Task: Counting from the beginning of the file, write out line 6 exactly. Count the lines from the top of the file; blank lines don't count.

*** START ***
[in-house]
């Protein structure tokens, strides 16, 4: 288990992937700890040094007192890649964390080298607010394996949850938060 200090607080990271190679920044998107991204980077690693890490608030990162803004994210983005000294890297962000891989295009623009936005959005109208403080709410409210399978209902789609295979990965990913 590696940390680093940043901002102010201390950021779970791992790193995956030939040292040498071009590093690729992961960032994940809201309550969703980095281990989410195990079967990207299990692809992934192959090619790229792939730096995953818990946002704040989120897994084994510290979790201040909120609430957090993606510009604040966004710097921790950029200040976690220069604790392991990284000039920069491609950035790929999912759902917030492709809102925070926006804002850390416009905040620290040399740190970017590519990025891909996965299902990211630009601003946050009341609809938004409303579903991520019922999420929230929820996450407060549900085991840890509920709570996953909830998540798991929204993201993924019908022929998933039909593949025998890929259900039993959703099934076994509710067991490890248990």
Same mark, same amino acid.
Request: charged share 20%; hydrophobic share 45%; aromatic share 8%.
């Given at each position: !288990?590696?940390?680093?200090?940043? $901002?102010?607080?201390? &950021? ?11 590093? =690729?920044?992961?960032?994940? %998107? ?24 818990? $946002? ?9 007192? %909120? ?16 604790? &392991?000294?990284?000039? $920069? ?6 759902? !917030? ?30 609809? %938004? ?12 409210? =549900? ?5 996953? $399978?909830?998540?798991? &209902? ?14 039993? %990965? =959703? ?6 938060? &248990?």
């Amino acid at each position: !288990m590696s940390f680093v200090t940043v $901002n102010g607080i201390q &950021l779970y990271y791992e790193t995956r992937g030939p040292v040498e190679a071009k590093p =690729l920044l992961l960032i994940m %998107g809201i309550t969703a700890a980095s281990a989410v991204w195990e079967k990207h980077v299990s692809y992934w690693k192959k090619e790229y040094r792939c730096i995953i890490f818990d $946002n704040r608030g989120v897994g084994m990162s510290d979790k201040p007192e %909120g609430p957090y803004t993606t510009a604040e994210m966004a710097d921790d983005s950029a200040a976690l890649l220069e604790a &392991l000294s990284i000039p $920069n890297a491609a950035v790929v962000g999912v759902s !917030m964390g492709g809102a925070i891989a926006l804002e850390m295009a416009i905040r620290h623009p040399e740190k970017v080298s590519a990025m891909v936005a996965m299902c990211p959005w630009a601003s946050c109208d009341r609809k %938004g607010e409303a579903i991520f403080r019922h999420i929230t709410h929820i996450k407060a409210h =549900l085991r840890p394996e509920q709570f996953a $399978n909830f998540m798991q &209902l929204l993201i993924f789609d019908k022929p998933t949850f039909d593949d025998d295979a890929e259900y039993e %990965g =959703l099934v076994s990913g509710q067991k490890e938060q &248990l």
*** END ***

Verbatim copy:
């Amino acid at each position: !288990m590696s940390f680093v200090t940043v $901002n102010g607080i201390q &950021l779970y990271y791992e790193t995956r992937g030939p040292v040498e190679a071009k590093p =690729l920044l992961l960032i994940m %998107g809201i309550t969703a700890a980095s281990a989410v991204w195990e079967k990207h980077v299990s692809y992934w690693k192959k090619e790229y040094r792939c730096i995953i890490f818990d $946002n704040r608030g989120v897994g084994m990162s510290d979790k201040p007192e %909120g609430p957090y803004t993606t510009a604040e994210m966004a710097d921790d983005s950029a200040a976690l890649l220069e604790a &392991l000294s990284i000039p $920069n890297a491609a950035v790929v962000g999912v759902s !917030m964390g492709g809102a925070i891989a926006l804002e850390m295009a416009i905040r620290h623009p040399e740190k970017v080298s590519a990025m891909v936005a996965m299902c990211p959005w630009a601003s946050c109208d009341r609809k %938004g607010e409303a579903i991520f403080r019922h999420i929230t709410h929820i996450k407060a409210h =549900l085991r840890p394996e509920q709570f996953a $399978n909830f998540m798991q &209902l929204l993201i993924f789609d019908k022929p998933t949850f039909d593949d025998d295979a890929e259900y039993e %990965g =959703l099934v076994s990913g509710q067991k490890e938060q &248990l």